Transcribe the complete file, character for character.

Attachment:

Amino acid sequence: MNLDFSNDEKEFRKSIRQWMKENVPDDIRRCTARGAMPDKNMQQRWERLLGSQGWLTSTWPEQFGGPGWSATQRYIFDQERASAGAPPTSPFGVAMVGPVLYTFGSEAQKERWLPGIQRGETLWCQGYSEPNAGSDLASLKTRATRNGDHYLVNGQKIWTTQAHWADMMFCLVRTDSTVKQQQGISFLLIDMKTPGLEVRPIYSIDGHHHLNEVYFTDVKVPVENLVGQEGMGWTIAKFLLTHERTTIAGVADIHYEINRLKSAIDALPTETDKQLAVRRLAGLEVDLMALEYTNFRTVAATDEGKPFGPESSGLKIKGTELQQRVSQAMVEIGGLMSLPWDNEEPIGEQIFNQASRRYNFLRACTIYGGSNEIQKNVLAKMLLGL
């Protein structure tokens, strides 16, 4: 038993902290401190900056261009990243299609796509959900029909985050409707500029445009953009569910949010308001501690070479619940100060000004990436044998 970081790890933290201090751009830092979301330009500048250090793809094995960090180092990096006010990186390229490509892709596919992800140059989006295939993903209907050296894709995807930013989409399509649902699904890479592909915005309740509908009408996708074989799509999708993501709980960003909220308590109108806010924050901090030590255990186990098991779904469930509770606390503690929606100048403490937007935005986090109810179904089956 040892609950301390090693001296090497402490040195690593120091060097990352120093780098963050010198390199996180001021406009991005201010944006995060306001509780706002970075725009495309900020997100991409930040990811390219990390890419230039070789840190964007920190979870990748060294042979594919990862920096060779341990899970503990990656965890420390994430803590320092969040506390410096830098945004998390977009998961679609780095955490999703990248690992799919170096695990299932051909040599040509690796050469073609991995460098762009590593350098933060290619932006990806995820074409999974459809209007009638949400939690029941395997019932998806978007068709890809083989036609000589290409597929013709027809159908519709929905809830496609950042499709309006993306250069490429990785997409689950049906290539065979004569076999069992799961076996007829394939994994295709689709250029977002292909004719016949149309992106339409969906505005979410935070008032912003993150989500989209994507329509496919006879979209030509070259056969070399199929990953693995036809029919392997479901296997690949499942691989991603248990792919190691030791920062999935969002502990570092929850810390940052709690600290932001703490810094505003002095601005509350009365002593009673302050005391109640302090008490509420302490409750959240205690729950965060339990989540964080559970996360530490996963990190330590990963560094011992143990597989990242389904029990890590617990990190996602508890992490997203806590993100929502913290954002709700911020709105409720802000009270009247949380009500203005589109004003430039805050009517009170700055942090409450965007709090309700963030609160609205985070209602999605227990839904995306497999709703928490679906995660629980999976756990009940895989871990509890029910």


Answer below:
Amino acid sequence: MNLDFSNDEKEFRKSIRQWMKENVPDDIRRCTARGAMPDKNMQQRWERLLGSQGWLTSTWPEQFGGPGWSATQRYIFDQERASAGAPPTSPFGVAMVGPVLYTFGSEAQKERWLPGIQRGETLWCQGYSEPNAGSDLASLKTRATRNGDHYLVNGQKIWTTQAHWADMMFCLVRTDSTVKQQQGISFLLIDMKTPGLEVRPIYSIDGHHHLNEVYFTDVKVPVENLVGQEGMGWTIAKFLLTHERTTIAGVADIHYEINRLKSAIDALPTETDKQLAVRRLAGLEVDLMALEYTNFRTVAATDEGKPFGPESSGLKIKGTELQQRVSQAMVEIGGLMSLPWDNEEPIGEQIFNQASRRYNFLRACTIYGGSNEIQKNVLAKMLLGL
């Protein structure tokens, strides 16, 4: 038993902290401190900056261009990243299609796509959900029909985050409707500029445009953009569910949010308001501690070479619940100060000004990436044998 970081790890933290201090751009830092979301330009500048250090793809094995960090180092990096006010990186390229490509892709596919992800140059989006295939993903209907050296894709995807930013989409399509649902699904890479592909915005309740509908009408996708074989799509999708993501709980960003909220308590109108806010924050901090030590255990186990098991779904469930509770606390503690929606100048403490937007935005986090109810179904089956 040892609950301390090693001296090497402490040195690593120091060097990352120093780098963050010198390199996180001021406009991005201010944006995060306001509780706002970075725009495309900020997100991409930040990811390219990390890419230039070789840190964007920190979870990748060294042979594919990862920096060779341990899970503990990656965890420390994430803590320092969040506390410096830098945004998390977009998961679609780095955490999703990248690992799919170096695990299932051909040599040509690796050469073609991995460098762009590593350098933060290619932006990806995820074409999974459809209007009638949400939690029941395997019932998806978007068709890809083989036609000589290409597929013709027809159908519709929905809830496609950042499709309006993306250069490429990785997409689950049906290539065979004569076999069992799961076996007829394939994994295709689709250029977002292909004719016949149309992106339409969906505005979410935070008032912003993150989500989209994507329509496919006879979209030509070259056969070399199929990953693995036809029919392997479901296997690949499942691989991603248990792919190691030791920062999935969002502990570092929850810390940052709690600290932001703490810094505003002095601005509350009365002593009673302050005391109640302090008490509420302490409750959240205690729950965060339990989540964080559970996360530490996963990190330590990963560094011992143990597989990242389904029990890590617990990190996602508890992490997203806590993100929502913290954002709700911020709105409720802000009270009247949380009500203005589109004003430039805050009517009170700055942090409450965007709090309700963030609160609205985070209602999605227990839904995306497999709703928490679906995660629980999976756990009940895989871990509890029910």